C# is a good place to start in terms of programming. If you want to make a living for yourself as a programmer you may want to look into writing Java for application servers. Also, something to get used to using now is version control such as CVS and a build system such as Ant or Maven. You probably won't need it for something like C#, but as you branch out to Java and C and the thousand other languages you might find it useful. Something you'll definintely want to look into if you're planning to make a living as a sysadmin is Perl.

Another programming paradigm you may want to start poking at is SQL. Set processing is a different way of thinking about handling data, but it's not something that a lot of people seem to be able to figure out for themselves, even if they're experienced programmers.
I took all those courses in 3 semesters. Took Cisco 1-4 in a year, and then Net+, A+, XP, and Server in one semester. So I dont think it would be too hard as long as he has enough time for them all. However, I never ended up getting CCNA certified. Not because I failed the exam, I never took them. Frankly, I didnt think it was worth it for me personally to be certified in CCNA. Its like $300-400 if I remember, and it expires every few years.
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Old 05-24-2006, 01:23 PM #25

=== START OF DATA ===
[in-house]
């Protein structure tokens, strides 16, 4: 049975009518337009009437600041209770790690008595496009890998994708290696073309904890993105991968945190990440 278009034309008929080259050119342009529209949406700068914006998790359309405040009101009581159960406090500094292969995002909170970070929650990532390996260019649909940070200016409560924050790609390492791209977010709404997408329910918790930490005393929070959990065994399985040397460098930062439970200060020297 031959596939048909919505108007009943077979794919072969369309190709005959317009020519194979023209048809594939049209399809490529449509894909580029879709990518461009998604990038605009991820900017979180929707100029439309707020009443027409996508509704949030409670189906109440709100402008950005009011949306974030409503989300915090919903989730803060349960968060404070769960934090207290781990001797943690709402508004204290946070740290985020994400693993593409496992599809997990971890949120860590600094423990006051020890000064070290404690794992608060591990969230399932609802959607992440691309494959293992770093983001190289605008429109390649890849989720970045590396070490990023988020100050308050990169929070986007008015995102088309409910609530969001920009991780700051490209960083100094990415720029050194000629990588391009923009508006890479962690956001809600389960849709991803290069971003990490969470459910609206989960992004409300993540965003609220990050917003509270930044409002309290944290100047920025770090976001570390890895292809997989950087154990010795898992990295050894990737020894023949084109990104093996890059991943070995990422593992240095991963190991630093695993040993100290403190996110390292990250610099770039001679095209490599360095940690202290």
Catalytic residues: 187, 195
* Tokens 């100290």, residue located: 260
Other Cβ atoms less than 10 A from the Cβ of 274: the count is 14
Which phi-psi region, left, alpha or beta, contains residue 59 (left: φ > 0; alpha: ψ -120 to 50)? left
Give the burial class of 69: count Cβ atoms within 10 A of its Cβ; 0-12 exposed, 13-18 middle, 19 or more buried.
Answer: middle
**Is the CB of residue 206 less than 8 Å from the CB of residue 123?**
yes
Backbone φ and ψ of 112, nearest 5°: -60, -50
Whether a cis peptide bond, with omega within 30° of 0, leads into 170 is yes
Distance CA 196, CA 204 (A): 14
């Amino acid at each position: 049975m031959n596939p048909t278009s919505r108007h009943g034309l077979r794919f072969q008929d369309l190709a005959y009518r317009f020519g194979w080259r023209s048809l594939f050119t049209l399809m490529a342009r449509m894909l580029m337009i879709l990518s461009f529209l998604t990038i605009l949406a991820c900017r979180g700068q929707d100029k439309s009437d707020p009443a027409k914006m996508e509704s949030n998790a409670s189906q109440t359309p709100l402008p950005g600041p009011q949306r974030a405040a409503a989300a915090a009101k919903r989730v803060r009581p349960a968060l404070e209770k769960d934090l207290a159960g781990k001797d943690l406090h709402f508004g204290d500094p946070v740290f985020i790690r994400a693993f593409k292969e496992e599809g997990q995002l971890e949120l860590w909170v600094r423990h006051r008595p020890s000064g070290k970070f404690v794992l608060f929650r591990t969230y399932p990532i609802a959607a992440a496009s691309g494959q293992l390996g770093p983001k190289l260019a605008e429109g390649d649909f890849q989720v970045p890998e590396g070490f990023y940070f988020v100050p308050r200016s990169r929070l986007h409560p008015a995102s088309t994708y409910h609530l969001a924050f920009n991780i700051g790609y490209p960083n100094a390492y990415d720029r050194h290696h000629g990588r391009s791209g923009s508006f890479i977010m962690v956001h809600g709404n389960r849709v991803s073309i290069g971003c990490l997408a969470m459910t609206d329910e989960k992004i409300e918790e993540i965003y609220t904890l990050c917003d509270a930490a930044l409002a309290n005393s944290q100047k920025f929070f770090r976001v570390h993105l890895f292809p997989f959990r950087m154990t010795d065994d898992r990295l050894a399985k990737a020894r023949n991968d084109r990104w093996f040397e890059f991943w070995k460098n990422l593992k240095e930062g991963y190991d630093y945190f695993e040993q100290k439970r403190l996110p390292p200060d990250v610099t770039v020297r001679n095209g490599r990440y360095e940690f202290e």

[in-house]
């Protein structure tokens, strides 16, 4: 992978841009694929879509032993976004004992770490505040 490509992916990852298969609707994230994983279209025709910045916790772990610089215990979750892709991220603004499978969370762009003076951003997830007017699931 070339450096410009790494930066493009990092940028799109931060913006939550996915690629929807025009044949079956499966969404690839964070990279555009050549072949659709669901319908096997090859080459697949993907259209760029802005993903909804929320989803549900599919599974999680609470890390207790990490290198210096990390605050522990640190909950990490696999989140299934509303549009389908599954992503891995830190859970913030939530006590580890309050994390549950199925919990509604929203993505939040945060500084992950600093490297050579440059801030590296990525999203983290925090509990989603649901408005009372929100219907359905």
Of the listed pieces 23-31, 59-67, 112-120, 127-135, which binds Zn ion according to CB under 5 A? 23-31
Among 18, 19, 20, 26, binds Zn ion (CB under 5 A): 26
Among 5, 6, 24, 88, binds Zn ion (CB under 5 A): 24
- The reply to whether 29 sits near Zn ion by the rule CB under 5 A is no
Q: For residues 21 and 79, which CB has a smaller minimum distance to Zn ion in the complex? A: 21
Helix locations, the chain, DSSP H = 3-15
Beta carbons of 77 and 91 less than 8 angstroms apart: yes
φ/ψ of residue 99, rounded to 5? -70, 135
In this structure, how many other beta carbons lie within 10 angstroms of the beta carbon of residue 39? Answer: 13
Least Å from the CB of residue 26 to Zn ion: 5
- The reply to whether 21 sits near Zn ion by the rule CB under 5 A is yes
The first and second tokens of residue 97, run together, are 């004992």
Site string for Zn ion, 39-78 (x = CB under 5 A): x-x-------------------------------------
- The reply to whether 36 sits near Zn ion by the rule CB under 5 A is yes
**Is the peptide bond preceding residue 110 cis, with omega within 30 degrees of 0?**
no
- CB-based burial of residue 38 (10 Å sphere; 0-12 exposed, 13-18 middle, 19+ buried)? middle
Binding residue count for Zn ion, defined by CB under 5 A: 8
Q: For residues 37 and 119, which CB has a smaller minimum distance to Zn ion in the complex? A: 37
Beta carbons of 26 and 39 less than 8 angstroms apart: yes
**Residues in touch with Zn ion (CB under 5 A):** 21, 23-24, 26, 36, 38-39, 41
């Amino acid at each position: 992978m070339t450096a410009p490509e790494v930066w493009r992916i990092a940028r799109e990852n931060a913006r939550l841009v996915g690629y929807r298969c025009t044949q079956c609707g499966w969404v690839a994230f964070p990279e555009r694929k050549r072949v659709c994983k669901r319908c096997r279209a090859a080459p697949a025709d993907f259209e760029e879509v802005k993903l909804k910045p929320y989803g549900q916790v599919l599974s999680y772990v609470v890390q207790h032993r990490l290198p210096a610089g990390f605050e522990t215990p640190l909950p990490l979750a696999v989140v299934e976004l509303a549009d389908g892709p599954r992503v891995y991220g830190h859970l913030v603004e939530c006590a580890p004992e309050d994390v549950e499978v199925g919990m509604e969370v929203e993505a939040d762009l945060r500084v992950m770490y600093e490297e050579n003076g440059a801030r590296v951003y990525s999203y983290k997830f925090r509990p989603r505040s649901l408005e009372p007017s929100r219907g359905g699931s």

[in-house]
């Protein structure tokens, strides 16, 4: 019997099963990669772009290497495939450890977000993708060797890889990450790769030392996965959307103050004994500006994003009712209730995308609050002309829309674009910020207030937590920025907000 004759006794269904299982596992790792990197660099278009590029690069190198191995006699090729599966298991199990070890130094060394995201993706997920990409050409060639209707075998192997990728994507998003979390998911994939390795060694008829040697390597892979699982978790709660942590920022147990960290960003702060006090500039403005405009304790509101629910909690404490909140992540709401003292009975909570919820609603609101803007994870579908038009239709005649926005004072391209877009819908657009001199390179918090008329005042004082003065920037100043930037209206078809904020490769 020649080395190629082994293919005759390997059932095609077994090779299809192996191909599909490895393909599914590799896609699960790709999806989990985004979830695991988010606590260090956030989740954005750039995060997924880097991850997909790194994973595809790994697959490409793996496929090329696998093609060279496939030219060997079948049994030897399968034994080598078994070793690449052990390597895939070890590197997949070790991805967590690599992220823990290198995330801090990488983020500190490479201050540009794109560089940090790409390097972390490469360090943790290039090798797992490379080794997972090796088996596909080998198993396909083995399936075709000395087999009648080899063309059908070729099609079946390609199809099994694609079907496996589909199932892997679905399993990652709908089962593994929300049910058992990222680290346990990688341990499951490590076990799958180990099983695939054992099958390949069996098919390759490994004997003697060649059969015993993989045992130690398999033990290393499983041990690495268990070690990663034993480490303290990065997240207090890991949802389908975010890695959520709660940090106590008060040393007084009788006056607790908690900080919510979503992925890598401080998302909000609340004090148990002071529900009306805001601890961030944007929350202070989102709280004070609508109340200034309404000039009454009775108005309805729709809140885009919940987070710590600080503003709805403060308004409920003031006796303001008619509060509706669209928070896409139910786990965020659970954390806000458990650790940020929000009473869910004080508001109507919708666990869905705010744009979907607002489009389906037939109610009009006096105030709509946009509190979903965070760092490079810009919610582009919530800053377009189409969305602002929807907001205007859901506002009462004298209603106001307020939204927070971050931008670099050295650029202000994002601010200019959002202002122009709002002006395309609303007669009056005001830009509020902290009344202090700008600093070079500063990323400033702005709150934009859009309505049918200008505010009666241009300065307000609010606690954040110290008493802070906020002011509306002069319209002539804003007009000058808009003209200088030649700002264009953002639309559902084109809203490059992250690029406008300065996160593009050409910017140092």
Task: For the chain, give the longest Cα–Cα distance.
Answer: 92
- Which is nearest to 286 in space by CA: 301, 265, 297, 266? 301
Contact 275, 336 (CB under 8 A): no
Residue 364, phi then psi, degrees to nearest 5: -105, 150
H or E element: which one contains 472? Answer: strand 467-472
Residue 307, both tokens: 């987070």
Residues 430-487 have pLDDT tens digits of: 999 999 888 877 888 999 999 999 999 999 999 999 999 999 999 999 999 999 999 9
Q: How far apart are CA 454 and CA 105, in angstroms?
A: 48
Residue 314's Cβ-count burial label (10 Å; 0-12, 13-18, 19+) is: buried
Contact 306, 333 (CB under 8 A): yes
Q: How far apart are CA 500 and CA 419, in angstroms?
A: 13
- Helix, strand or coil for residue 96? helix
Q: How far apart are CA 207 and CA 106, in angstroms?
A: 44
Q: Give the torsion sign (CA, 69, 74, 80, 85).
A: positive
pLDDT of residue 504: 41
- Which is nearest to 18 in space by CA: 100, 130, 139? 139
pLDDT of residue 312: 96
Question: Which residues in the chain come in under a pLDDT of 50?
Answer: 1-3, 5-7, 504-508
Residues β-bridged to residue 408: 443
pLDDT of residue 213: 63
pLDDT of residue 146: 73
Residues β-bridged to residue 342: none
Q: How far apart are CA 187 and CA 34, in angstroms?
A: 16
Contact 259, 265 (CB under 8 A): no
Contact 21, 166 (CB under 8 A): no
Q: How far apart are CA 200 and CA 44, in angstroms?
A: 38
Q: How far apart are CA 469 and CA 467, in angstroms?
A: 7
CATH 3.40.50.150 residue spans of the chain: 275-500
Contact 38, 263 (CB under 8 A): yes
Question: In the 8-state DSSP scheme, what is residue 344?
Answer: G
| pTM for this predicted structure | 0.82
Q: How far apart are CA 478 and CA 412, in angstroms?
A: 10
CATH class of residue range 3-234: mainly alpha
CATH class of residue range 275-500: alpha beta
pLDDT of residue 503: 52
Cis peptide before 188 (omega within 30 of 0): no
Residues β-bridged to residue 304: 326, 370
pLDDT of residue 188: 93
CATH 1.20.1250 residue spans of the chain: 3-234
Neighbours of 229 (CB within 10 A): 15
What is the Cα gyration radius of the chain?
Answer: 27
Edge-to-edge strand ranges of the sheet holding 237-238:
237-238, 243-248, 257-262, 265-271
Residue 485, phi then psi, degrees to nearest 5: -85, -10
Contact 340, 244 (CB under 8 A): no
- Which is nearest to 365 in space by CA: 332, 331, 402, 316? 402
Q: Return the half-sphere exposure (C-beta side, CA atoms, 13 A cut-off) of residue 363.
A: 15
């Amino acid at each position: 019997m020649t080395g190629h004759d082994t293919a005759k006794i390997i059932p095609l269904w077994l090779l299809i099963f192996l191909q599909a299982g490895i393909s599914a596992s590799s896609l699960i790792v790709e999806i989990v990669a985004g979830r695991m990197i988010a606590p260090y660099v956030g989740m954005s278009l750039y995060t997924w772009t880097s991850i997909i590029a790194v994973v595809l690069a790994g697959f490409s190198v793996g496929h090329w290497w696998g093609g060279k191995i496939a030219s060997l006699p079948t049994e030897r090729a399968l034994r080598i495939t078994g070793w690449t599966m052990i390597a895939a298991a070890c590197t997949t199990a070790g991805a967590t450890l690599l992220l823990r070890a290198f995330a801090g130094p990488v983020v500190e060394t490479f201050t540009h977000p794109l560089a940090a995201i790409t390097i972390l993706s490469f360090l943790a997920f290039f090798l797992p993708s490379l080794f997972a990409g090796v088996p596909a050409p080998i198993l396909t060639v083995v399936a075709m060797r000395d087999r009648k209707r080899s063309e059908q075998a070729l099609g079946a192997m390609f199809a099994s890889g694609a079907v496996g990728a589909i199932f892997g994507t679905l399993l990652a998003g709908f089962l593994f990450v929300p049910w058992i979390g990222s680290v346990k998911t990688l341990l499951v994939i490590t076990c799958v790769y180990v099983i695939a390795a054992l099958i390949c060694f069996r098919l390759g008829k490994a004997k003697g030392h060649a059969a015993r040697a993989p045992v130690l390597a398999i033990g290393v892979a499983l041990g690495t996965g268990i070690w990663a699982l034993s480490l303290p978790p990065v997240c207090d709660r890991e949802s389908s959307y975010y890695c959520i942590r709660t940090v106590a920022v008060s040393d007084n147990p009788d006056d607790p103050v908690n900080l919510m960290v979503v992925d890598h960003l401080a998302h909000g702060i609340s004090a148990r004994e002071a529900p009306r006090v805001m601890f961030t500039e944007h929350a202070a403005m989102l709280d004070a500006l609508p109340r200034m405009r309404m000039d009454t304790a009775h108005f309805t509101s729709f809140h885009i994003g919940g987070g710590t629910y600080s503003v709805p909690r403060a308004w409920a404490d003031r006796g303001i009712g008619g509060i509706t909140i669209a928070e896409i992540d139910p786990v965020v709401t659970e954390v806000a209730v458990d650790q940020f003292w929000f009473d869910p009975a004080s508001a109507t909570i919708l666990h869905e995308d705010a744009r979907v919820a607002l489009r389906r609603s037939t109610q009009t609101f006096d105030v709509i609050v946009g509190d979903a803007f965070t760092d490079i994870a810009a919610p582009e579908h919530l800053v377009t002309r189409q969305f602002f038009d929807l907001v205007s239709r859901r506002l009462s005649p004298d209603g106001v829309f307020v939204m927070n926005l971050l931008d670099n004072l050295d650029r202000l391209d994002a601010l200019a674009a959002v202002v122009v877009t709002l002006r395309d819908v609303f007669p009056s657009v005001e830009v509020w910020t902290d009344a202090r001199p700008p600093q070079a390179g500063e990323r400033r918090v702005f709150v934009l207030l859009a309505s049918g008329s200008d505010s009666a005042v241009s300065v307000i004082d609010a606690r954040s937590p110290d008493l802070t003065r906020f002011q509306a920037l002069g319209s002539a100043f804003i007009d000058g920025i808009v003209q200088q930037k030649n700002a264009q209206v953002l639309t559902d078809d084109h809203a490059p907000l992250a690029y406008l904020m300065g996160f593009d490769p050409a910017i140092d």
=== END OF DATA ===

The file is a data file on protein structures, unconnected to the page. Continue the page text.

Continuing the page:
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Originally Posted by Raines8416
I took all those courses in 3 semesters. Took Cisco 1-4 in a year, and then Net+, A+, XP, and Server in one semester. So I dont think it would be too hard as long as he has enough time for them all. However, I never ended up getting CCNA certified. Not because I failed the exam, I never took them. Frankly, I didnt think it was worth it for me personally to be certified in CCNA. Its like $300-400 if I remember, and it expires every few years.
My dad is a college intern/full time recruiter for Cisco (Prototype Hardware). If you are CCNA certified while looking for an paying internship or full time job at Cisco, you will have a huge leg up. After your certification expires, there really isnt a need to renew. A huge part of full time engineers in their 30's+ are not certified.

Once your "in", you can remain there for quite awhile, unless you fall below the bottom 2% of employees in your engineering group.

My advice to anyone pursuing a paying internship in college or seeing employment at Cisco is to have a CCNA certification under your belt. That $400 would be worth it to set you apart from the hundreds of others seeing the same opening.
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Old 05-24-2006, 01:24 PM #26
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Yellow:

A friend of mine attended a Cisco Academy to study for the CCNA. With the labs and such that Cisco requires, you have to spend so many class hours before you can take the exams.

At least, that's my understanding. I've never done it...so I'm no authority. I'm just a Microsoft plebe. <g>